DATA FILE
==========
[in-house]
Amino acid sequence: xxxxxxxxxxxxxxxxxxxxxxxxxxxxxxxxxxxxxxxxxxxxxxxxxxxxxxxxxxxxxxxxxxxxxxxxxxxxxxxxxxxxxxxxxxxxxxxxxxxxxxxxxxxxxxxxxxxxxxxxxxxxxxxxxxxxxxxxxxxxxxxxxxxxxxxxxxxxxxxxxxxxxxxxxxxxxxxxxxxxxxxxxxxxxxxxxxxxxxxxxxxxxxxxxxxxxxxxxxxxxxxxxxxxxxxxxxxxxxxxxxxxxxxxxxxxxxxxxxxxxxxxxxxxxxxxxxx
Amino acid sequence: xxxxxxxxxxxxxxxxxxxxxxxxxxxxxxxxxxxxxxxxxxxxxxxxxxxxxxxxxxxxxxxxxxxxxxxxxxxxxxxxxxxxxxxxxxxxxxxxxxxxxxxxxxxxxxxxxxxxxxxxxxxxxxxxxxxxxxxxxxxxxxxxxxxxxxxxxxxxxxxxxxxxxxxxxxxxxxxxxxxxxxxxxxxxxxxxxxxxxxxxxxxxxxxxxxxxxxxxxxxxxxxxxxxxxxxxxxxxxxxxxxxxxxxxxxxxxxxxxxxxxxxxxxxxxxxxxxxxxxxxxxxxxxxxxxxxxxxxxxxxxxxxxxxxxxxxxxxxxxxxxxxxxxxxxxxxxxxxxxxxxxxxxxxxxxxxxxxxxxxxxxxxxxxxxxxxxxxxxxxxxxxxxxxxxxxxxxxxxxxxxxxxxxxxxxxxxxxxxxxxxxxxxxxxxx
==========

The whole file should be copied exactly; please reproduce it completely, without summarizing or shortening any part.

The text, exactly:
[in-house]
Amino acid sequence: xxxxxxxxxxxxxxxxxxxxxxxxxxxxxxxxxxxxxxxxxxxxxxxxxxxxxxxxxxxxxxxxxxxxxxxxxxxxxxxxxxxxxxxxxxxxxxxxxxxxxxxxxxxxxxxxxxxxxxxxxxxxxxxxxxxxxxxxxxxxxxxxxxxxxxxxxxxxxxxxxxxxxxxxxxxxxxxxxxxxxxxxxxxxxxxxxxxxxxxxxxxxxxxxxxxxxxxxxxxxxxxxxxxxxxxxxxxxxxxxxxxxxxxxxxxxxxxxxxxxxxxxxxxxxxxxxxx
Amino acid sequence: xxxxxxxxxxxxxxxxxxxxxxxxxxxxxxxxxxxxxxxxxxxxxxxxxxxxxxxxxxxxxxxxxxxxxxxxxxxxxxxxxxxxxxxxxxxxxxxxxxxxxxxxxxxxxxxxxxxxxxxxxxxxxxxxxxxxxxxxxxxxxxxxxxxxxxxxxxxxxxxxxxxxxxxxxxxxxxxxxxxxxxxxxxxxxxxxxxxxxxxxxxxxxxxxxxxxxxxxxxxxxxxxxxxxxxxxxxxxxxxxxxxxxxxxxxxxxxxxxxxxxxxxxxxxxxxxxxxxxxxxxxxxxxxxxxxxxxxxxxxxxxxxxxxxxxxxxxxxxxxxxxxxxxxxxxxxxxxxxxxxxxxxxxxxxxxxxxxxxxxxxxxxxxxxxxxxxxxxxxxxxxxxxxxxxxxxxxxxxxxxxxxxxxxxxxxxxxxxxxxxxxxxxxxxxx